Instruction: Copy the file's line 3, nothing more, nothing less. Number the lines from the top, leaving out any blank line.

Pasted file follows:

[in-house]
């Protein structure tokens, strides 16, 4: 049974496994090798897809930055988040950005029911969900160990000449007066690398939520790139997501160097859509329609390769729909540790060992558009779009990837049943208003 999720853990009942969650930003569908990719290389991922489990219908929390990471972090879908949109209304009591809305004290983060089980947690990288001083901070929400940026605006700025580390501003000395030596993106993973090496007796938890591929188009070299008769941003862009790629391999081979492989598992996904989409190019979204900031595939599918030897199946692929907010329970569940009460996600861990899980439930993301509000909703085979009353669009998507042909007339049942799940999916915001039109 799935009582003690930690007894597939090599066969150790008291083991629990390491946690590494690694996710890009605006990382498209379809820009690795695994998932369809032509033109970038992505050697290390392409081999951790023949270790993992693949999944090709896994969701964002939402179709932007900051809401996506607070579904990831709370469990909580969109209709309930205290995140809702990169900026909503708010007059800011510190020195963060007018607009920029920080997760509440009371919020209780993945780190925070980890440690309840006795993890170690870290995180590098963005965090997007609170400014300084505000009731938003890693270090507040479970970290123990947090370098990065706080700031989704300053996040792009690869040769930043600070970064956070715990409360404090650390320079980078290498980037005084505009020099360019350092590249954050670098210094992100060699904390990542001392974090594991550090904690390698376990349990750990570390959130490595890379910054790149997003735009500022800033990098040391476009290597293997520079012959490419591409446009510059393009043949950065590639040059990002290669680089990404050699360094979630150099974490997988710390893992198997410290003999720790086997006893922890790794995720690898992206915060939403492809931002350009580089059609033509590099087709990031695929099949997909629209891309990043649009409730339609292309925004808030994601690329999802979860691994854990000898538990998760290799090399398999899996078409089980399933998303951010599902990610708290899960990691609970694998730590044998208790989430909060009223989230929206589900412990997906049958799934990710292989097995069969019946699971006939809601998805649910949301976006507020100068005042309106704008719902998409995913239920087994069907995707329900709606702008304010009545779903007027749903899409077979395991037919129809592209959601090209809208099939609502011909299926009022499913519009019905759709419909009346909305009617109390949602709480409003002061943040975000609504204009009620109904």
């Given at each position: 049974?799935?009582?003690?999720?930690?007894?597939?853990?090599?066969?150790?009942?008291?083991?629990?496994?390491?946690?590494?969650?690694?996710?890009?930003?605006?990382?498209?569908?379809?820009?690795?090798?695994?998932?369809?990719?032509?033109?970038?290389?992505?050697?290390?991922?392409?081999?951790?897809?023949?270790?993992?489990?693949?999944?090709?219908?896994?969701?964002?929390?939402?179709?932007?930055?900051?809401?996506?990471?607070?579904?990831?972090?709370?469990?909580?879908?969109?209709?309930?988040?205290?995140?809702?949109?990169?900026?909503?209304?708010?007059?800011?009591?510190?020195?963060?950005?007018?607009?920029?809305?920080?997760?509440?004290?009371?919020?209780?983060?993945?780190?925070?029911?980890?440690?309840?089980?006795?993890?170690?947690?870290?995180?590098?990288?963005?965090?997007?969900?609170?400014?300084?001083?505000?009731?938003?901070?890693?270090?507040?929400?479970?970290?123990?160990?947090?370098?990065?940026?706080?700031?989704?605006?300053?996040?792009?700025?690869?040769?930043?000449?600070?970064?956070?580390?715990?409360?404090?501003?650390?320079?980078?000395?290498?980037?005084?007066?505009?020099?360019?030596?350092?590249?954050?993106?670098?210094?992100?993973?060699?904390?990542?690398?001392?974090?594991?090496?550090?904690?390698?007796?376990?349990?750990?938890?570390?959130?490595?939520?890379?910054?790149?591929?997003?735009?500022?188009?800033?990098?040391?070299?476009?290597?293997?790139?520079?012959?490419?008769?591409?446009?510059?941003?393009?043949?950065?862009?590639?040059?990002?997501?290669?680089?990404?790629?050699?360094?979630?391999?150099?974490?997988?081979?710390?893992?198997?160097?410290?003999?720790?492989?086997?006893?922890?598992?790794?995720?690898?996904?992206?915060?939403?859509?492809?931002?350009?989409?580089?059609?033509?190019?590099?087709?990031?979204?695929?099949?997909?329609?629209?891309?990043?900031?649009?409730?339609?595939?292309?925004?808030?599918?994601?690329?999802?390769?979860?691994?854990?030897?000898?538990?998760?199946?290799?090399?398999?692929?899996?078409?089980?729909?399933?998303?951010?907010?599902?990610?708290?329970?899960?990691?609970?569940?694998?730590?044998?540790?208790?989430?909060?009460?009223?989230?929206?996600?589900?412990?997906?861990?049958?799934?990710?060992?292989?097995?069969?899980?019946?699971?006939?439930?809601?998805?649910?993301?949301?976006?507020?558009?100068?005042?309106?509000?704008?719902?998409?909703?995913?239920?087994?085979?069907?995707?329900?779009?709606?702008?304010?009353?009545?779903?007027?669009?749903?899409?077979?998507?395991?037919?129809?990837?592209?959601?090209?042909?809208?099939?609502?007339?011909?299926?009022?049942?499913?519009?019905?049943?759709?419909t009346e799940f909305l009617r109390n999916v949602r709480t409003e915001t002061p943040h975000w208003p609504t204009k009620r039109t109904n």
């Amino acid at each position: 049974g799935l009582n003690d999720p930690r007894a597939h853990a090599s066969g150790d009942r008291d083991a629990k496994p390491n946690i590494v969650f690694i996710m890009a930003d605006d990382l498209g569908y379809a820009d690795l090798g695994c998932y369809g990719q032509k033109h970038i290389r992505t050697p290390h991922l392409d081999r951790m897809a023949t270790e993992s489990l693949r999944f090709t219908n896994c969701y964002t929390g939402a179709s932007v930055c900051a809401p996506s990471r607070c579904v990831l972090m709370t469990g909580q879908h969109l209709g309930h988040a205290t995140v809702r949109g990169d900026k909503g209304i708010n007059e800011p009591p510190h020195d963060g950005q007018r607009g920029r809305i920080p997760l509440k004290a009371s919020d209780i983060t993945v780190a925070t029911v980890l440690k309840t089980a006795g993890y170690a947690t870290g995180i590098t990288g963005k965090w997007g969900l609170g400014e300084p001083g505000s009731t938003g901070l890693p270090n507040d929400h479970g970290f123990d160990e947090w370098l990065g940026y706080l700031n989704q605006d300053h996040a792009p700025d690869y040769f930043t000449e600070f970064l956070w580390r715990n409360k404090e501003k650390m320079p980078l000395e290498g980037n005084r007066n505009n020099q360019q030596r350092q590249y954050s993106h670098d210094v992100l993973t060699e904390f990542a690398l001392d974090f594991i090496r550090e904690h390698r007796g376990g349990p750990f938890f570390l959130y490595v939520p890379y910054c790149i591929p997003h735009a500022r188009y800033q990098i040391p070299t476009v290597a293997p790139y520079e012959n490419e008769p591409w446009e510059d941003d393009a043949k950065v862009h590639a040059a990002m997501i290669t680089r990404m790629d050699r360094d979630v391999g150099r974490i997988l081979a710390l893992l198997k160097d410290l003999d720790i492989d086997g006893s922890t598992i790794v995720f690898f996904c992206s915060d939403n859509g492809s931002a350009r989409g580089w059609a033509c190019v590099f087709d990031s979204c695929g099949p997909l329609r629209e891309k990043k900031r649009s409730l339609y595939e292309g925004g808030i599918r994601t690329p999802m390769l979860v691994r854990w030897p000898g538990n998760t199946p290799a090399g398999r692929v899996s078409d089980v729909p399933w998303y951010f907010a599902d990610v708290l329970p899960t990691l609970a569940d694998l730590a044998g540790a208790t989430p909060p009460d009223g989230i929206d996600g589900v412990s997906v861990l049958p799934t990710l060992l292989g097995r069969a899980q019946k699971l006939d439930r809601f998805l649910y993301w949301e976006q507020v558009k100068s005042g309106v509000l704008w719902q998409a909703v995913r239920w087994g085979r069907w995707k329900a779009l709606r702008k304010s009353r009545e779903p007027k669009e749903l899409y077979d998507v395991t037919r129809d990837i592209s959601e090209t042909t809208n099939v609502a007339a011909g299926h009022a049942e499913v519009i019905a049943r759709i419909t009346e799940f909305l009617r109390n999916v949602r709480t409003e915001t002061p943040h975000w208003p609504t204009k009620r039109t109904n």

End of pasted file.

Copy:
């Given at each position: 049974?799935?009582?003690?999720?930690?007894?597939?853990?090599?066969?150790?009942?008291?083991?629990?496994?390491?946690?590494?969650?690694?996710?890009?930003?605006?990382?498209?569908?379809?820009?690795?090798?695994?998932?369809?990719?032509?033109?970038?290389?992505?050697?290390?991922?392409?081999?951790?897809?023949?270790?993992?489990?693949?999944?090709?219908?896994?969701?964002?929390?939402?179709?932007?930055?900051?809401?996506?990471?607070?579904?990831?972090?709370?469990?909580?879908?969109?209709?309930?988040?205290?995140?809702?949109?990169?900026?909503?209304?708010?007059?800011?009591?510190?020195?963060?950005?007018?607009?920029?809305?920080?997760?509440?004290?009371?919020?209780?983060?993945?780190?925070?029911?980890?440690?309840?089980?006795?993890?170690?947690?870290?995180?590098?990288?963005?965090?997007?969900?609170?400014?300084?001083?505000?009731?938003?901070?890693?270090?507040?929400?479970?970290?123990?160990?947090?370098?990065?940026?706080?700031?989704?605006?300053?996040?792009?700025?690869?040769?930043?000449?600070?970064?956070?580390?715990?409360?404090?501003?650390?320079?980078?000395?290498?980037?005084?007066?505009?020099?360019?030596?350092?590249?954050?993106?670098?210094?992100?993973?060699?904390?990542?690398?001392?974090?594991?090496?550090?904690?390698?007796?376990?349990?750990?938890?570390?959130?490595?939520?890379?910054?790149?591929?997003?735009?500022?188009?800033?990098?040391?070299?476009?290597?293997?790139?520079?012959?490419?008769?591409?446009?510059?941003?393009?043949?950065?862009?590639?040059?990002?997501?290669?680089?990404?790629?050699?360094?979630?391999?150099?974490?997988?081979?710390?893992?198997?160097?410290?003999?720790?492989?086997?006893?922890?598992?790794?995720?690898?996904?992206?915060?939403?859509?492809?931002?350009?989409?580089?059609?033509?190019?590099?087709?990031?979204?695929?099949?997909?329609?629209?891309?990043?900031?649009?409730?339609?595939?292309?925004?808030?599918?994601?690329?999802?390769?979860?691994?854990?030897?000898?538990?998760?199946?290799?090399?398999?692929?899996?078409?089980?729909?399933?998303?951010?907010?599902?990610?708290?329970?899960?990691?609970?569940?694998?730590?044998?540790?208790?989430?909060?009460?009223?989230?929206?996600?589900?412990?997906?861990?049958?799934?990710?060992?292989?097995?069969?899980?019946?699971?006939?439930?809601?998805?649910?993301?949301?976006?507020?558009?100068?005042?309106?509000?704008?719902?998409?909703?995913?239920?087994?085979?069907?995707?329900?779009?709606?702008?304010?009353?009545?779903?007027?669009?749903?899409?077979?998507?395991?037919?129809?990837?592209?959601?090209?042909?809208?099939?609502?007339?011909?299926?009022?049942?499913?519009?019905?049943?759709?419909t009346e799940f909305l009617r109390n999916v949602r709480t409003e915001t002061p943040h975000w208003p609504t204009k009620r039109t109904n």